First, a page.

The ostensible end of Israel-Hamas hostilities took effect at 7 p.m. Israel time Tuesday, on the 50th day of Operation Protective Edge, amid a major barrage of rocket fire. An Israeli was killed and two others were badly injured (one of whom later died) shortly before the truce began, and the alarms continued to sound down south for a good few minutes after 7 p.m., even as Hamas supporters were celebrating “victory” on the streets of Gaza. Not an auspicious start.

Hamas has breached truce agreement after truce agreement in the past 50 days, and there is no compelling reason to assume that this case will be any different. Unnamed sources in the Palestinian negotiating delegation — a curious forum comprising rival factions including Fatah, Hamas and Islamic Jihad — claimed Tuesday night that Hamas’s leadership in Gaza insisted on accepting the same unconditional Egyptian terms that it rejected more than a month ago, and sidelined the Qatar-based Khaled Mashaal, who had previously rejected such terms. Some say that the sight of the Israeli Air Force moving to smash the apartment buildings in which Israel claims it had some of its command centers finally prompted Hamas in Gaza to call a halt. Time will tell if a terror government’s solemn assurance that it has silenced its guns has any credibility.

Entirely predictably, Hamas immediately busied itself extricating what it called success from amid the devastation it has brought down upon Gaza these past seven weeks. It fired over 4,500 rockets at Israel. It killed 64 soldiers and five civilians. It prompted several dozen airlines to shun Israel for two days last month. It terrorized southern Israel, especially in more recent weeks, when it stepped up its mortar fire and rocket barrages on the south. It killed four-year-old Daniel Tragerman inside his own home on Kibbutz Nahal Oz. For an organization committed to the destruction of Israel, these are achievements to celebrate.

By emplacing its war machine in the very heart of Gaza, it also condemned hundreds of thousands of people — the Gazans in whose interests it falsely claims to have fought — to homelessness, dire poverty, and the bleakest of futures. But for Hamas, these too are achievements. Extremism flourishes amid bitterness. Islamic radicals find willing recruits where hope of a better future is in short supply. Thus Hamas expects to profit, too, from the destruction wrought as Israel targeted all those rocket launchers and terror tunnel entrances sited in the homes, mosques and schools of the Gaza Strip. And it can also celebrate the staining of Israel’s reputation in those wide international circles where the evil, cynical nature of Hamas’s war strategy is misunderstood or ignored.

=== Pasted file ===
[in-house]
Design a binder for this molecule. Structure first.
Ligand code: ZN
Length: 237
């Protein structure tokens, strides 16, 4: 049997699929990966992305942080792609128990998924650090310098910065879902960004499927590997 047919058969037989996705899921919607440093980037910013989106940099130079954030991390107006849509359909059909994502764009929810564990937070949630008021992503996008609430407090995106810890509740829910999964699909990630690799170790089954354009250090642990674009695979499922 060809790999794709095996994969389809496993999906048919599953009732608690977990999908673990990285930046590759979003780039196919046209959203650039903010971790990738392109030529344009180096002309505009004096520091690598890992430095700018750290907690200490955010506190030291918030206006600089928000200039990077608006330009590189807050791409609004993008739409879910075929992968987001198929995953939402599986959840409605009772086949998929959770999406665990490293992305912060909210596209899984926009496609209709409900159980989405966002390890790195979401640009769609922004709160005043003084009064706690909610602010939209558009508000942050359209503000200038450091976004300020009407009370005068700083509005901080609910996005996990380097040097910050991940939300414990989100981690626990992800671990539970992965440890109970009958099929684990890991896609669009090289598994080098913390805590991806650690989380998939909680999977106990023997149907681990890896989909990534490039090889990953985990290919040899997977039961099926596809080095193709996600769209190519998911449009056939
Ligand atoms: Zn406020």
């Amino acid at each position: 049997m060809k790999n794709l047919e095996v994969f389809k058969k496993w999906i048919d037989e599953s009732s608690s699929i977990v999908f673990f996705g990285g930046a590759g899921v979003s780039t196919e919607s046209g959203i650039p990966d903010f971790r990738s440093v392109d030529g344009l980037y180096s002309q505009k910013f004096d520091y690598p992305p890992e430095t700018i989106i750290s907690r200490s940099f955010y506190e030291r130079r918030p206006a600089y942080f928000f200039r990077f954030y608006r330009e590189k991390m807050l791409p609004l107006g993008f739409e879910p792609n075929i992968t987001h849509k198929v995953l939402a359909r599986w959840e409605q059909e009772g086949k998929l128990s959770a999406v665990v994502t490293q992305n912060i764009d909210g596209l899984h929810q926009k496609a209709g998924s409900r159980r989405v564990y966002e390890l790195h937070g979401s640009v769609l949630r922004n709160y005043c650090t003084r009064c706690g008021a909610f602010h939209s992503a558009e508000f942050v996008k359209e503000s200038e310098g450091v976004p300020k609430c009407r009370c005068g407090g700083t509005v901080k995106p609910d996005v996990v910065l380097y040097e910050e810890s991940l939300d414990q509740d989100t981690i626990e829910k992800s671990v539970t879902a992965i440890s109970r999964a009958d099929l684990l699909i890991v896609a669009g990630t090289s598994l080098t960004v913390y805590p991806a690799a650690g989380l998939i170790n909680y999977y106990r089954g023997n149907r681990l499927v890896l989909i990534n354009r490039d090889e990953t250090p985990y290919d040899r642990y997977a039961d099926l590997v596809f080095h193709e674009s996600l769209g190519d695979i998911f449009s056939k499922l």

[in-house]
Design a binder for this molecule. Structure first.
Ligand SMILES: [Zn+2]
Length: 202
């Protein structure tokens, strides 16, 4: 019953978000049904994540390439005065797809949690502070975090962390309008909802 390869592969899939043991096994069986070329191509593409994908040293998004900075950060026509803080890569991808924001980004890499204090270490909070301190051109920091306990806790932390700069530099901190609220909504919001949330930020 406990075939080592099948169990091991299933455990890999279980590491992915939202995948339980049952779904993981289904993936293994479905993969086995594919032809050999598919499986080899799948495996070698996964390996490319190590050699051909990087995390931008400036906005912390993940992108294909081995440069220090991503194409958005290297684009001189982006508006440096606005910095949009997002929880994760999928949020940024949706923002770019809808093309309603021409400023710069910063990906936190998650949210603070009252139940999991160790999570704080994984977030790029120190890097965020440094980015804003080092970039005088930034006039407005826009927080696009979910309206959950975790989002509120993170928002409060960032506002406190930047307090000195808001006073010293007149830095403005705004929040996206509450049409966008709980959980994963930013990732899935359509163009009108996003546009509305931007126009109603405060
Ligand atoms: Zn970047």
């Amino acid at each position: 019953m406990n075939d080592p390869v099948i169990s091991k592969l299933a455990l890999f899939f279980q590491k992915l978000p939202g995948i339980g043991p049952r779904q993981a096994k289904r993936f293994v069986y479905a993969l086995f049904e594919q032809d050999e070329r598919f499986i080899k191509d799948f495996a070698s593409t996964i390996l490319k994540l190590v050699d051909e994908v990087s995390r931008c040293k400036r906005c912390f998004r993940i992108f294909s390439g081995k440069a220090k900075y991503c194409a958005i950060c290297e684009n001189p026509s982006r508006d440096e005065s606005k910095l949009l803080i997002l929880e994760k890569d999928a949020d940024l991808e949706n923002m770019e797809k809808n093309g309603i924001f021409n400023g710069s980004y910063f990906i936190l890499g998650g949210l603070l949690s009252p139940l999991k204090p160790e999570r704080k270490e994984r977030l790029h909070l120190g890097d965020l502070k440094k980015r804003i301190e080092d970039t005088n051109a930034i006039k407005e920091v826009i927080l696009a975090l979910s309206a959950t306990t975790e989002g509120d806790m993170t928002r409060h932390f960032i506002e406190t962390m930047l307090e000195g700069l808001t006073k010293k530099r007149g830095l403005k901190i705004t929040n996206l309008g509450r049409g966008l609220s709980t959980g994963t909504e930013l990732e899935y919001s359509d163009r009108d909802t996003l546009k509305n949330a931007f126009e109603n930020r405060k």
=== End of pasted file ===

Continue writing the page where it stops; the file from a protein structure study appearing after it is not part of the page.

The final word on this conflict, however, is still far from being written. If this round is over, then the focus now shifts to the specifics of the long-term ceasefire arrangements, as military action gives way to diplomacy.

And if, under a long-term deal, Hamas is able to replicate Hezbollah’s strategy in Lebanon — to retain full or significant control of Gaza, to re-arm, to build a still more potent killing mechanism — then its claims of victory, appallingly, will be justified.

Only if a long-term mechanism can be fashioned that denies Hamas the capacity to fight and kill another day will the Israeli leadership be justified in asserting that its goal — ensuring sustained calm and security for the people of Israel — has been met.

The early word is that Israel has made no commitment to meeting any of the central, long-standing Hamas demands — for a lifting of the security blockade, and for the opening of a seaport and an airport. These are concessions that, if agreed in the absence of an effective supervisory mechanism, would give Hamas the ready means to strengthen itself militarily. But it is extremely hard to imagine how such an effective supervisory mechanism could be constructed. And one can only wonder whether Hamas, if it is denied concessions on those issues in the coming weeks of negotiations, will refrain from renewing the conflict.

Prime Minister Benjamin Netanyahu’s popularity has nosedived in recent weeks as the war has continued, as the rockets have pounded on, and as residents of the south have learned to their bloody cost that the political and military leadership were wrong in assuring them three weeks ago that it was safe for them to return to their homes. Support for Netanyahu’s handling of the conflict will rise again if time, and the long-term ceasefire terms, prove that Hamas has been marginalized and de-fanged. Many Israelis, indeed, will come to hail him for not having ordered a far more extensive ground offensive into the treacherous heart of Gaza, where Hamas lay in wait, with the consequent likely loss of dozens, perhaps hundreds, of soldiers’ lives.

But if Hamas is not marginalized, if it proves capable of rebuilding its tunnels, restocking its rocket arsenals, and plotting new strategies toward its goal of Israel’s annihilation, the Israeli strategy for handling this conflict will have been a failure, and the popularity of the prime minister will be far from the most central of Israel’s concerns.